It is our recommendation at Esports Healthcare for you to avoid trans fats in your diet. On the ingredient labels, trans fat must be listed. However, nutrition labels may read 0 g when trans fat still exists. Look for words and phrases such as “shortening” or “partially hydrogenated” to identify the presence of trans fats even when the label reads 0 g per serving.


Cholesterol is a category of molecules derived from fatty acids. It is an oily substance created by all cells in your body. Each cell makes cholesterol for its own use (e.g. cell membranes), and additional cholesterol is transported to the liver via lipoproteins (e.g. LDL and HDL).

Cholesterol is also the precursor to bile salts and steroid hormones. Generally speaking, your body will not absorb cholesterol from other sources such as egg yolks and meat products.

In blood screenings, cholesterol values are reported via their lipoproteins (carrier molecules) such as low-density lipoproteins (LDLs) and high-density lipoproteins (HDLs). A common misconception is that LDL is “bad” cholesterol and HDL is “good” cholesterol.

While it is true that an elevated LDL is associated with increased risk for heart disease, it is not appropriate to describe LDL as “bad” cholesterol. For more information about cholesterol molecules, check out Dr. Thomas Dayspring‘s conversations with Dr. Peter Attia on Dr. Attia’s The Drive Podcast.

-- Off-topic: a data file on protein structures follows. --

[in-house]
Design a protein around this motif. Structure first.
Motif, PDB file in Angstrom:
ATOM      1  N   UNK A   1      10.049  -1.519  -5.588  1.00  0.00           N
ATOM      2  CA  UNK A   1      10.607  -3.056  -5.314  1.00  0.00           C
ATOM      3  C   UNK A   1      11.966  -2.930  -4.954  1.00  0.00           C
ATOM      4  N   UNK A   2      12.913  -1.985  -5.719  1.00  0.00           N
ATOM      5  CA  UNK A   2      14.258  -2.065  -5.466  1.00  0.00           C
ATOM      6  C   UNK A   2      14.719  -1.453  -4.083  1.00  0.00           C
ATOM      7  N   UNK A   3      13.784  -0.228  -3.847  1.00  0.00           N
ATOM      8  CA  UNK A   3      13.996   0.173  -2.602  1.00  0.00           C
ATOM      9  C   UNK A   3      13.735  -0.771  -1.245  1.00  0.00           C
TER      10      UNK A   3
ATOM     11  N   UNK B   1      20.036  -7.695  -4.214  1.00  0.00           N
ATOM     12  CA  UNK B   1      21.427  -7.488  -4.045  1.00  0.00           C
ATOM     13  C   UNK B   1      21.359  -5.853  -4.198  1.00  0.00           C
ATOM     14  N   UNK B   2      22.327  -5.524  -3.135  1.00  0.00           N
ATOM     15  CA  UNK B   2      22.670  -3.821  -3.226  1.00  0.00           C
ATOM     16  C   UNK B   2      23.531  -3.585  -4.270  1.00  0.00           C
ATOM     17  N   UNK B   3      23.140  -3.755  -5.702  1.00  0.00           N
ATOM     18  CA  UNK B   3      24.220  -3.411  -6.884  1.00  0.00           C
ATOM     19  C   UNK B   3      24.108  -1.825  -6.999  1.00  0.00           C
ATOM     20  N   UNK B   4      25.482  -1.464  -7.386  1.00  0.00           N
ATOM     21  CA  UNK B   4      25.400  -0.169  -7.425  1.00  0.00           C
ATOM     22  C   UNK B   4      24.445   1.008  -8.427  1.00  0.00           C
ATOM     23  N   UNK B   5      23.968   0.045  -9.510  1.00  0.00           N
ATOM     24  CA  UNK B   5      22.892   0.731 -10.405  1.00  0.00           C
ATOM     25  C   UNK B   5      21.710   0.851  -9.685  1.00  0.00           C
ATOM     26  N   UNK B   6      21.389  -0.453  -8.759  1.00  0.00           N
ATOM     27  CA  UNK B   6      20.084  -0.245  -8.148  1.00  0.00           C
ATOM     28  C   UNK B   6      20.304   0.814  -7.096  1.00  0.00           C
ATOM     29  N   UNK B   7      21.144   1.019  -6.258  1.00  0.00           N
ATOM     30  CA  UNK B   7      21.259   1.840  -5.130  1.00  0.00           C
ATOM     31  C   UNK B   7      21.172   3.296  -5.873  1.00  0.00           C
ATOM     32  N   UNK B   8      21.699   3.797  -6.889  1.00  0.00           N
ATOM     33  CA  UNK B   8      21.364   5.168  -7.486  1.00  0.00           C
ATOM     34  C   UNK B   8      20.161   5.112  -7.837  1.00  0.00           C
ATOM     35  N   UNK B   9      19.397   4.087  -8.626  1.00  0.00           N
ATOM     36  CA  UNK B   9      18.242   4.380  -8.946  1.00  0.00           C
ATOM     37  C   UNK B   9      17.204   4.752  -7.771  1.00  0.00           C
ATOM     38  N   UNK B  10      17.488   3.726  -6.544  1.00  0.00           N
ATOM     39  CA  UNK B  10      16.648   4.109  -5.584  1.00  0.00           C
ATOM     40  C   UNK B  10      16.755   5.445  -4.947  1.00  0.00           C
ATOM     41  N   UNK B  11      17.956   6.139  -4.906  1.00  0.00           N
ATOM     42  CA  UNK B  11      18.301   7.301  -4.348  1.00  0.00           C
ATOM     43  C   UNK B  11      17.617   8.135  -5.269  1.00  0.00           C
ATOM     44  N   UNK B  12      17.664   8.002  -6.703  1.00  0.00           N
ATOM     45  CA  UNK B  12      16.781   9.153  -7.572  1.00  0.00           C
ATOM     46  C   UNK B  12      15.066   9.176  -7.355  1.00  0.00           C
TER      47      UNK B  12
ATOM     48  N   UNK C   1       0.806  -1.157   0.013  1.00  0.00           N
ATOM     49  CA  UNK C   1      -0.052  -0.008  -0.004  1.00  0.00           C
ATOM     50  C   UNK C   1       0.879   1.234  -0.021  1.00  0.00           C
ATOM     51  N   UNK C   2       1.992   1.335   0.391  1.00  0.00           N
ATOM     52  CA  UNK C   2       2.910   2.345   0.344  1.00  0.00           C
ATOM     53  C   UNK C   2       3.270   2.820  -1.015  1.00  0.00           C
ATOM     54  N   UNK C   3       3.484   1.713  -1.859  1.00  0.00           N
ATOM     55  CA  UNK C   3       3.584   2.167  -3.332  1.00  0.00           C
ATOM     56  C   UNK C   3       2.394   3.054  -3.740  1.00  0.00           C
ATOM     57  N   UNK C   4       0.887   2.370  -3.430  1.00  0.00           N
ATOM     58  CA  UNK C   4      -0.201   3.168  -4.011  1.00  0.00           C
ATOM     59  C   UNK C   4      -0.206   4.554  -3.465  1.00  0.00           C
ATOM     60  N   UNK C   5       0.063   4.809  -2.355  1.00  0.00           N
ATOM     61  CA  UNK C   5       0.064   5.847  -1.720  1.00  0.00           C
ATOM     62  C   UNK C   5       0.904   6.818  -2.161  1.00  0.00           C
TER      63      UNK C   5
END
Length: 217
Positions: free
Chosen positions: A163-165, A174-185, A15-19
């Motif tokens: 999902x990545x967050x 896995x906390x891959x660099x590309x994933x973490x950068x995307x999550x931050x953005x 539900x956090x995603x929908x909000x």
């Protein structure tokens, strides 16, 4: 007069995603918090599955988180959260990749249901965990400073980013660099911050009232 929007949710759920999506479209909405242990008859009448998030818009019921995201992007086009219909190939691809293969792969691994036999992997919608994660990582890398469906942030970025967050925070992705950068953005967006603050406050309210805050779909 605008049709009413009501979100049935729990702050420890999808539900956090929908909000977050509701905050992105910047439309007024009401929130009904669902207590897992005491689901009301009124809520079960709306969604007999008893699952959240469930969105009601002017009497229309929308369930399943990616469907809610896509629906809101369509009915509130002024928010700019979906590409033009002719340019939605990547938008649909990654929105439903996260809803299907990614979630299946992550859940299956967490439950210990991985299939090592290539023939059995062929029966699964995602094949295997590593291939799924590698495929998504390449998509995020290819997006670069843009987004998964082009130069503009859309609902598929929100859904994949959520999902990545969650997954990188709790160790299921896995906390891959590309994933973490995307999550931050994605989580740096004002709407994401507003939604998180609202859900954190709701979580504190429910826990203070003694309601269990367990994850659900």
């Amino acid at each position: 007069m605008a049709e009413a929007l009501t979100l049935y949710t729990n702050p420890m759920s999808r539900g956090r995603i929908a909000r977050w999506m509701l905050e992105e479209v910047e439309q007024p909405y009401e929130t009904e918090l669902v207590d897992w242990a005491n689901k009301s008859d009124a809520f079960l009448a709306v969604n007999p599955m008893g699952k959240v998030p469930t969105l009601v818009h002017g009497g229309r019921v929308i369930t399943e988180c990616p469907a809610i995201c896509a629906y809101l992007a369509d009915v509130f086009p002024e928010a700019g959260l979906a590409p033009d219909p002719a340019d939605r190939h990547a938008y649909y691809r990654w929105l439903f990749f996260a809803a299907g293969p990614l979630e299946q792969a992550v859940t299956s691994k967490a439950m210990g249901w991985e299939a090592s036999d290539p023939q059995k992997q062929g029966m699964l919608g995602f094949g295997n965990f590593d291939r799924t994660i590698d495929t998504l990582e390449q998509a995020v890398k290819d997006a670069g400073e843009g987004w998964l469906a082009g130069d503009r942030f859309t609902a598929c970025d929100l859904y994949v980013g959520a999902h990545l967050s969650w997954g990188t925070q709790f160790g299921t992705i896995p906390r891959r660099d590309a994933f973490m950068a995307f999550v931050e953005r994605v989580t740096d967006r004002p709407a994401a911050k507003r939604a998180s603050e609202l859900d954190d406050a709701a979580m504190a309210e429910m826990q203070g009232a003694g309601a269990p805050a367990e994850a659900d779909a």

Carbohydrates are the primary energy source for working muscles. Each gram of carbohydrate is 4 Calories. Carbohydrates are the category of macronutrient that includes dietary fiber and sugar. An inappropriately high volume of carbohydrates (specifically, sugar) in your diet may lead to insulin resistance, obesity, and type-2 diabetes.


Sugar is a subcategory of carbohydrate molecules with two of its own primary subcategories: monosaccharides and disaccharides. The hallmarks of sugar include the sweet taste, an elevation of blood sugar following consumption, and the often-significant insulin response that follows an increase in blood sugar (assuming the absence of diabetes or other metabolic ailment).


Monosaccharides are the simplest form of sugar and include glucose, fructose, and galactose.

  • Glucose: the primary energy source for working muscles, and the only food-sourced fuel for your brain and nervous system
    • Glucose is naturally present in fruit and honey
    • Most consumed sugars will break be broken down to glucose
  • Fructose: another sugar found naturally in fruit
    • These molecules cannot break down to become glucose
  • Galactose: a sugar that is naturally present in cherries, Greek yogurt, and honey